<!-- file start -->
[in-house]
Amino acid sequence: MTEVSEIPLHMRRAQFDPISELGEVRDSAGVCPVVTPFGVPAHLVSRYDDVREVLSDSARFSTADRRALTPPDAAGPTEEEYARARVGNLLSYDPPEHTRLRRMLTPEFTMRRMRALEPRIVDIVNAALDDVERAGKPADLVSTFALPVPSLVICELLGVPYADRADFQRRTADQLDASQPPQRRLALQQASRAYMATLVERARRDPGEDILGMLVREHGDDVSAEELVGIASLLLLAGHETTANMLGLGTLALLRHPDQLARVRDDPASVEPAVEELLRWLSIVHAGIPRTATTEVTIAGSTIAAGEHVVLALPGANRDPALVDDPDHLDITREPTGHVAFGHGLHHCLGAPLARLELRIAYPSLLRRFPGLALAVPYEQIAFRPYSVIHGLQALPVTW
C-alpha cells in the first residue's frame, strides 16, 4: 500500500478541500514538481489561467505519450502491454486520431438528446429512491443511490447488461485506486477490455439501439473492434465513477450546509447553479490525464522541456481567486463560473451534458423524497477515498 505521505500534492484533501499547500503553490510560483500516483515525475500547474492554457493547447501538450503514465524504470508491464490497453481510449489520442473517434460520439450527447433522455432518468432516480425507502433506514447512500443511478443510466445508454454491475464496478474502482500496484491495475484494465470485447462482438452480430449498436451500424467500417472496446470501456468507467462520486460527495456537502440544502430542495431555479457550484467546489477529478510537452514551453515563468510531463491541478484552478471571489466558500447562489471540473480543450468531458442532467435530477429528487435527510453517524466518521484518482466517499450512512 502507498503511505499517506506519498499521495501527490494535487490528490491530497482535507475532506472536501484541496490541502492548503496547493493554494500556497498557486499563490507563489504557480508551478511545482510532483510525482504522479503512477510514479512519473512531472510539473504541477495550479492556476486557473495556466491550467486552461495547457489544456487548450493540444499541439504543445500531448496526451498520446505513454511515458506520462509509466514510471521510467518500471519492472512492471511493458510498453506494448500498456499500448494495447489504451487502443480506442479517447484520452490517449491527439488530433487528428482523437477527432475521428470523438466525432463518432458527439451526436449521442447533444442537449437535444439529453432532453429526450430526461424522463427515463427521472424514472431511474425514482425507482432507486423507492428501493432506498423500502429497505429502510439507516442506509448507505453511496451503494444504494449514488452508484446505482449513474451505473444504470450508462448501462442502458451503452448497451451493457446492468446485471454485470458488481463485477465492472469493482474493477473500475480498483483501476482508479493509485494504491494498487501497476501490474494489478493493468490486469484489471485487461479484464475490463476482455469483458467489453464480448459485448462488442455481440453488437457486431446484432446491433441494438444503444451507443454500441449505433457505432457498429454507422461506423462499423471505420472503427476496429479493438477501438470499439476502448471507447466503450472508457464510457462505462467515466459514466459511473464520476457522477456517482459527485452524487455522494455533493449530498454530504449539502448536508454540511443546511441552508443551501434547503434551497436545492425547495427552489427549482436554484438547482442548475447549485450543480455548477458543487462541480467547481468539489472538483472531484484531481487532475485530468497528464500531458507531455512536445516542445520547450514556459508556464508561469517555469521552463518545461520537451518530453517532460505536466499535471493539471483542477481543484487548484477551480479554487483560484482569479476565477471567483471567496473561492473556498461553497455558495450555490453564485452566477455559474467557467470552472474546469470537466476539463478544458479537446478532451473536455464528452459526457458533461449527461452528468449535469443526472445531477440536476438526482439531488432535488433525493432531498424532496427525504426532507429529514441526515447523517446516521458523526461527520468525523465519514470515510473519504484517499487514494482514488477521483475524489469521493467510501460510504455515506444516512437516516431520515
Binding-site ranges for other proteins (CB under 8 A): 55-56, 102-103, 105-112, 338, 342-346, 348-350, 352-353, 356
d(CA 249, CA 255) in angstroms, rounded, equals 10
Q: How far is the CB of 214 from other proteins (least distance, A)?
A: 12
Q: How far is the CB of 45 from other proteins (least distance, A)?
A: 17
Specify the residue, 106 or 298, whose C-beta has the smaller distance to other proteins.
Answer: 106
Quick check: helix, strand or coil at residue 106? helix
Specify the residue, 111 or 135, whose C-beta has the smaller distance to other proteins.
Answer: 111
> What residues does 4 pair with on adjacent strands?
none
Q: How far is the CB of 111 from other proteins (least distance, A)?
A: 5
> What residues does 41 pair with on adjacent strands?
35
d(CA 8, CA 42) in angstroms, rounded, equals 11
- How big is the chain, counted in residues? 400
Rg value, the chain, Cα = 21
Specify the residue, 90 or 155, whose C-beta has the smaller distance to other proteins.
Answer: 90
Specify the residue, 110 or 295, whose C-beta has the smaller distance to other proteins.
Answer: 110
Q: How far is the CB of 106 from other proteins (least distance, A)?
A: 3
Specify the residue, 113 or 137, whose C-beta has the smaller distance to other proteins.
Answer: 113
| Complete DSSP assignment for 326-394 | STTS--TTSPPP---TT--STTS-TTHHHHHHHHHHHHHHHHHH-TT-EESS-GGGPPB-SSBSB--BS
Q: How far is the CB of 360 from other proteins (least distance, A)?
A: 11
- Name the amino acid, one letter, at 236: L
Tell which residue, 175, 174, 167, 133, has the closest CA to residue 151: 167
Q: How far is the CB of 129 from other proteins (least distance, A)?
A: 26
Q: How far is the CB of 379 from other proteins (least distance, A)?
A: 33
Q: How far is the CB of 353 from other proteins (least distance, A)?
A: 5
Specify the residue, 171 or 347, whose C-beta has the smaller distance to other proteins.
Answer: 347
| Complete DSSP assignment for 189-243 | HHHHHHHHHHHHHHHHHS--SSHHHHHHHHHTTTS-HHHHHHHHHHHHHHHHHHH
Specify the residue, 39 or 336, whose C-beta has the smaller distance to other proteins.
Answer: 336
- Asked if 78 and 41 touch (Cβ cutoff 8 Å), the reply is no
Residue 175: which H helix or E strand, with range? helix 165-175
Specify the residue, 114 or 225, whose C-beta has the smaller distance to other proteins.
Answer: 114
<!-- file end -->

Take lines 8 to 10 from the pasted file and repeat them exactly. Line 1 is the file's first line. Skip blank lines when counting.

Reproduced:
Q: How far is the CB of 45 from other proteins (least distance, A)?
A: 17
Specify the residue, 106 or 298, whose C-beta has the smaller distance to other proteins.